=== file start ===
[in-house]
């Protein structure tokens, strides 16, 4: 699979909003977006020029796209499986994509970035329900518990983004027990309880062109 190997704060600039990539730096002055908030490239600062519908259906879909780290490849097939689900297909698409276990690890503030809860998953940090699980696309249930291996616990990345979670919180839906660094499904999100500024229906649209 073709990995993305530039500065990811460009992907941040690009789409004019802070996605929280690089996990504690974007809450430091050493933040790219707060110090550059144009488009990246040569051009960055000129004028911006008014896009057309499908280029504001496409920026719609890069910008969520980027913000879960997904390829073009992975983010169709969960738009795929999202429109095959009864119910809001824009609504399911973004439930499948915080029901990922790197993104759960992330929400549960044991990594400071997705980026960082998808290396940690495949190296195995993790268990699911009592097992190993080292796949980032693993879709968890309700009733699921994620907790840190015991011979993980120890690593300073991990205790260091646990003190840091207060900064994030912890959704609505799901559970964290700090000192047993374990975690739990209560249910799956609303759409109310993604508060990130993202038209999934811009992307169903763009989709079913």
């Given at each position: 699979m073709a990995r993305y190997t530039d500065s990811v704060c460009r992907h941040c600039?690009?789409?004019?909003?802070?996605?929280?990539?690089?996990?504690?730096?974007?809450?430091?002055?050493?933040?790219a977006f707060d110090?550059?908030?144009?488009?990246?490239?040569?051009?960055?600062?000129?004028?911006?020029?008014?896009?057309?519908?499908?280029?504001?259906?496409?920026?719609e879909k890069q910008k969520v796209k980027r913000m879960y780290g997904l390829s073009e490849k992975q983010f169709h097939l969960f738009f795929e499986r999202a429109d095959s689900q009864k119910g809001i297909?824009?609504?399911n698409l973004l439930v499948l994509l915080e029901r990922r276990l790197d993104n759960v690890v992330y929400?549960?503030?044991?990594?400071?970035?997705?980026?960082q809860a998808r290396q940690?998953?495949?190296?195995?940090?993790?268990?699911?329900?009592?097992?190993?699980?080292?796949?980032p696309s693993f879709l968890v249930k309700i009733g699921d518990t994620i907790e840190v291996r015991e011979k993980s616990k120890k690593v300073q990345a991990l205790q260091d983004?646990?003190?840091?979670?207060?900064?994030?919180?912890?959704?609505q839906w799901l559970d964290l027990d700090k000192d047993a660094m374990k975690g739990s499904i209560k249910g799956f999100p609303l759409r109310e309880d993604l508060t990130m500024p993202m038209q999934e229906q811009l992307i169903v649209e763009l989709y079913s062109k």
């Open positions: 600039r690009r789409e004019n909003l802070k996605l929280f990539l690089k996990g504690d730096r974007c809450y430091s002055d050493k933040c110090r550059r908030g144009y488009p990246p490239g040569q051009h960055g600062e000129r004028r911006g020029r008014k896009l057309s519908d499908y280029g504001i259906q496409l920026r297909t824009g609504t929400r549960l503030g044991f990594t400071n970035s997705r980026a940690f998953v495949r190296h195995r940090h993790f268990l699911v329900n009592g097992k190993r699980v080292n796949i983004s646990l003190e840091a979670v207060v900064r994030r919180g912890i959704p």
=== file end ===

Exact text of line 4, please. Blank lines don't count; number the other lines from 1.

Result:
């Open positions: 600039r690009r789409e004019n909003l802070k996605l929280f990539l690089k996990g504690d730096r974007c809450y430091s002055d050493k933040c110090r550059r908030g144009y488009p990246p490239g040569q051009h960055g600062e000129r004028r911006g020029r008014k896009l057309s519908d499908y280029g504001i259906q496409l920026r297909t824009g609504t929400r549960l503030g044991f990594t400071n970035s997705r980026a940690f998953v495949r190296h195995r940090h993790f268990l699911v329900n009592g097992k190993r699980v080292n796949i983004s646990l003190e840091a979670v207060v900064r994030r919180g912890i959704p």